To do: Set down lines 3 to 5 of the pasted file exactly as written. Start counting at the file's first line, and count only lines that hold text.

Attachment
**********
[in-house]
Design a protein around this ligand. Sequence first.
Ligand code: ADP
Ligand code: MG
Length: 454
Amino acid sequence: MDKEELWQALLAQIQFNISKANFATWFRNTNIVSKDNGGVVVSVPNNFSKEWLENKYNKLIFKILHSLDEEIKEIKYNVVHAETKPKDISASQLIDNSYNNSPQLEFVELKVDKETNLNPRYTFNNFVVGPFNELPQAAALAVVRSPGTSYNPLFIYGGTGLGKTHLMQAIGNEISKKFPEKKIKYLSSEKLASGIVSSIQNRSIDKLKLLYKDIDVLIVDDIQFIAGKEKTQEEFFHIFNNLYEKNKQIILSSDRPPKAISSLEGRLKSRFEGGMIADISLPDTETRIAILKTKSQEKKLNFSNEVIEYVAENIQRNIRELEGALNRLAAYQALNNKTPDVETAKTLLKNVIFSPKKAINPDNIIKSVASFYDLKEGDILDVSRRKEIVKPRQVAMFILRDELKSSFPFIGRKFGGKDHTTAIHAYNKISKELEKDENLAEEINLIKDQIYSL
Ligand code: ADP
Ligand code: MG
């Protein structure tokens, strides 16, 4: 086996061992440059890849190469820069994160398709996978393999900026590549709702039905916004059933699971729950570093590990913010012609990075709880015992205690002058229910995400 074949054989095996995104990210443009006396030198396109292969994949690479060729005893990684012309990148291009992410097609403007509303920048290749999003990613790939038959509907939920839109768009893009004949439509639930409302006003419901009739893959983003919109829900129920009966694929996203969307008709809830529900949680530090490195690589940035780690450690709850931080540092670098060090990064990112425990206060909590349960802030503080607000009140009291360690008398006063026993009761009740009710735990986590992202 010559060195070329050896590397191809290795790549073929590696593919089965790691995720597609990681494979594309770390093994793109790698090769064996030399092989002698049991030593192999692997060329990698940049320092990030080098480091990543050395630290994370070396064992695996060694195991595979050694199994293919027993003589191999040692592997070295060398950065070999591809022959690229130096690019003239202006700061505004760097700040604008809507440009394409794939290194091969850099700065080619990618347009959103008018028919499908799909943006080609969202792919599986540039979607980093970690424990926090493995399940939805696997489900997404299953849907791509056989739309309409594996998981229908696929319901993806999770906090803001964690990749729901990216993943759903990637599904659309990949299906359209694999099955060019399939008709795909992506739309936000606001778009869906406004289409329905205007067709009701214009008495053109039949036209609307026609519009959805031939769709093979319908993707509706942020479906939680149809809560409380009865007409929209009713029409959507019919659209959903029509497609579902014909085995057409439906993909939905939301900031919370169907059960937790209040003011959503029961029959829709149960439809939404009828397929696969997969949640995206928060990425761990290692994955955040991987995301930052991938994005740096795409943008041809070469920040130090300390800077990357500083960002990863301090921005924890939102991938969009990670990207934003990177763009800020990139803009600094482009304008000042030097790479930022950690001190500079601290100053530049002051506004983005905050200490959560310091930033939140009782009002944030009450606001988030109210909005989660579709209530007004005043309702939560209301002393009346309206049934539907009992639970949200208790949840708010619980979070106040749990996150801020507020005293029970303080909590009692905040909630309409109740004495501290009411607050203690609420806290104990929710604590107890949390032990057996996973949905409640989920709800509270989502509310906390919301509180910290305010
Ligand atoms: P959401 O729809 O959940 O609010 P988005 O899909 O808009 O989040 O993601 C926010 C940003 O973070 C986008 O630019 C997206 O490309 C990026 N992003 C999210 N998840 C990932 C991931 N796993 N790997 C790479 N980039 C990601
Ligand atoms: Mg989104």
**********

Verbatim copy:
Ligand code: ADP
Ligand code: MG
Length: 454